Backside of Irene Could Pack a Wallop

The governor warns that high winds could still come across the state as Irene leaves.

Most of the rain associated with Hurricane Irene is over but the storm is still expected to pack a solid punch to the state in terms of wind in the next few hours, Gov. Dannel P. Malloy said minutes ago during an update on the storm with reporters.

Malloy said the number of people without power in Connecticut has climbed to 700,000 and the figure could reach higher because forecasters expect Irene to bring “extremely high winds” on the backside of the storm.

“So please, if you don’t have to be out don’t be,” Malloy said.

He said there have been two rescue operations resulting from the storm, in Milford and West Haven.

The Connecticut River, along with the Housatonic and Farmington rivers, are all at flood stage following more than eight inches of rain that fell across the state.

Of Connecticut’s 169 towns, 35 have declared states of emergency, Malloy said. In Bridgeport, power to the entire city might have to be cut while workers make repairs to a power substation that went under water.

There are five hospitals in Connecticut and 20 nursing homes that are without power but which are operating on emergency generators, Malloy said, along with the Veteran’s Home in Rocky Hill.

He also confirmed that one person was killed in Prospect this morning in a fire that was caused by downed wires. Two firefighters in that town were also injured responding to the blaze when they received electrical shocks. Both were hospitalized. One of the firefighters has already been released. The second is still being treated and will likely be released later today, Malloy said.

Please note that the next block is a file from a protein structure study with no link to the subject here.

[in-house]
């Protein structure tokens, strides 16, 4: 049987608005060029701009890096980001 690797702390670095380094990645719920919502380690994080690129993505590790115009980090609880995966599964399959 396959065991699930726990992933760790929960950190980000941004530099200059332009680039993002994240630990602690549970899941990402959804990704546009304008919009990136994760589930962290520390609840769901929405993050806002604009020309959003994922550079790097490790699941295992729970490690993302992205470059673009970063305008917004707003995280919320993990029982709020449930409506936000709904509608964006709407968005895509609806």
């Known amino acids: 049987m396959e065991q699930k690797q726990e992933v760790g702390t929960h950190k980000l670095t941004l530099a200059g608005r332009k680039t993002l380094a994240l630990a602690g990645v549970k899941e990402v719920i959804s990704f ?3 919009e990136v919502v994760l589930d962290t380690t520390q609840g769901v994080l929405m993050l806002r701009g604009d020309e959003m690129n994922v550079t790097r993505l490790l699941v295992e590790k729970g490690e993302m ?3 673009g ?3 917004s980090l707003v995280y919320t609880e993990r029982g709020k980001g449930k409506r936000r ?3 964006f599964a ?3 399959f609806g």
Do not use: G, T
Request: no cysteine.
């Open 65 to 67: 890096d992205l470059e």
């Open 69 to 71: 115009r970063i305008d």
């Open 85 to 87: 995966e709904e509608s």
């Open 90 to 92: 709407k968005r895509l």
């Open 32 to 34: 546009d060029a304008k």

A tractor-trailer truck ban that was ordered this morning was lifted shortly before 11 a.m., he added. The Merritt and Wilbur Cross parkways were reopened to traffic before noon, but Malloy again cautioned residents to stay off all of those highways because of the risk of falling trees and tree limbs.

“If you’re foolish enough to go on there don’t blame me for the delays,” he said.

AT&T is reporting that about 2,000 of its poles have been damaged, along with some of its cell towers. Malloy urged residents not to use their AT&T cell phones if they don’t need to and to text if they do because texting requires less power.

CL&P, he said, is bringing in extra crews to help with the cleanup and the military in Connecticut has been deployed as well to assist in that effort.

However, with the path of destruction Irene has wrought along the eastern seaboard, utility companies will be hard pressed in the next several days to get the power restored. One CL&P official today said some remote areas of the state could be without power for up to a week.

Malloy said he will be touring shoreline towns later today to get a better sense of the damage. He will give another update on the hurricane at 6 p.m.


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